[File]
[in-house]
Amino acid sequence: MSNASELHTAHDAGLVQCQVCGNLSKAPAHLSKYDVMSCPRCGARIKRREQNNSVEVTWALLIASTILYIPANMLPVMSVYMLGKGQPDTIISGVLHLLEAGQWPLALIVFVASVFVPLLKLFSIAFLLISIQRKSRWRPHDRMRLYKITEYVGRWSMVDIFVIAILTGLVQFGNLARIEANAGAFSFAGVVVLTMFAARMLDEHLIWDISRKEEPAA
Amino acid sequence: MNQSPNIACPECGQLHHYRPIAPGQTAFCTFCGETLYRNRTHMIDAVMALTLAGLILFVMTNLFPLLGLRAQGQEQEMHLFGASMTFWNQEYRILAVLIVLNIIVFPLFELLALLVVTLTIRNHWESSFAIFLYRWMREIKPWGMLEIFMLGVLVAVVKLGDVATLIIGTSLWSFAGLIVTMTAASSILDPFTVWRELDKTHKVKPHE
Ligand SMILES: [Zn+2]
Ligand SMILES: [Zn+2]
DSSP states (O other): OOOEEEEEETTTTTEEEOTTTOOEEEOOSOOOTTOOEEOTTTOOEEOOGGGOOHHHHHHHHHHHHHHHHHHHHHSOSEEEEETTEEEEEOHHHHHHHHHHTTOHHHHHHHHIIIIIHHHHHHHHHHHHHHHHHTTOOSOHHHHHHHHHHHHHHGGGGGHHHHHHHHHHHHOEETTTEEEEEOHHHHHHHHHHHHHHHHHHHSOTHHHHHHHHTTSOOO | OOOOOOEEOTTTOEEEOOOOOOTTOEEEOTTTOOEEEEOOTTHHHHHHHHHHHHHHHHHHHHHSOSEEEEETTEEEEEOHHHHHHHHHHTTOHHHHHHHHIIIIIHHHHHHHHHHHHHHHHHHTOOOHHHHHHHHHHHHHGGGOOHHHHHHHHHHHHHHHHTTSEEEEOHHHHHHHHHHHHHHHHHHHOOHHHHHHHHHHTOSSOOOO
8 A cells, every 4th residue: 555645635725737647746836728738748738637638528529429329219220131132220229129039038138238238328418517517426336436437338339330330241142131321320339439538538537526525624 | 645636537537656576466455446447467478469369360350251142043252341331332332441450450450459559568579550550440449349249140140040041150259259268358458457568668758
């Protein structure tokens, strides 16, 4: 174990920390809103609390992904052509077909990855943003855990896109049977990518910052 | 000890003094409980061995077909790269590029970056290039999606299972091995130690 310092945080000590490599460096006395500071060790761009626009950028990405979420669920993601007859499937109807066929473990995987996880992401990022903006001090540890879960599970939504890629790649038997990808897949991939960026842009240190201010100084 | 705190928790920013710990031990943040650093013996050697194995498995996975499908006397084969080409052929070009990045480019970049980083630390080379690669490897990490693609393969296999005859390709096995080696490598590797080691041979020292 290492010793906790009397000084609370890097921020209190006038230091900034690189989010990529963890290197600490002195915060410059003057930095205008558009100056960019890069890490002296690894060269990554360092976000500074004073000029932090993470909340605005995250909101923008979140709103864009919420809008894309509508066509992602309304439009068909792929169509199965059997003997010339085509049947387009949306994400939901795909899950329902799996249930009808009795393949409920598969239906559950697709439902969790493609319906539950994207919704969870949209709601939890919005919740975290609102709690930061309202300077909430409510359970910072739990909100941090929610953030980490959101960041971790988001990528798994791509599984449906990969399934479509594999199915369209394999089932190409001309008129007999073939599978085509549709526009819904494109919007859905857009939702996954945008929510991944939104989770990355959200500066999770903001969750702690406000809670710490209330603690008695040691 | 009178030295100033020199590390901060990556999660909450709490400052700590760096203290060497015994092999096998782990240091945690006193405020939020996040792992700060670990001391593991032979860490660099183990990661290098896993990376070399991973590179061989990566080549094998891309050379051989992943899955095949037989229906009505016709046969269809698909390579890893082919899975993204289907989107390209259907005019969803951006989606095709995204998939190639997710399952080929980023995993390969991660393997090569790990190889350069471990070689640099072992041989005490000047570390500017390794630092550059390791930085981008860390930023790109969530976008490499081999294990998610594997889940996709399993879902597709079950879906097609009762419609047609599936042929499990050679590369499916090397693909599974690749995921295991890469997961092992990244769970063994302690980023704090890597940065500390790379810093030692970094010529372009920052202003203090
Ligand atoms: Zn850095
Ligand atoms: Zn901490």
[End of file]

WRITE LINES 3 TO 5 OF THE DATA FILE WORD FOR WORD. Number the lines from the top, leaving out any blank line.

Amino acid sequence: MNQSPNIACPECGQLHHYRPIAPGQTAFCTFCGETLYRNRTHMIDAVMALTLAGLILFVMTNLFPLLGLRAQGQEQEMHLFGASMTFWNQEYRILAVLIVLNIIVFPLFELLALLVVTLTIRNHWESSFAIFLYRWMREIKPWGMLEIFMLGVLVAVVKLGDVATLIIGTSLWSFAGLIVTMTAASSILDPFTVWRELDKTHKVKPHE
Ligand SMILES: [Zn+2]
Ligand SMILES: [Zn+2]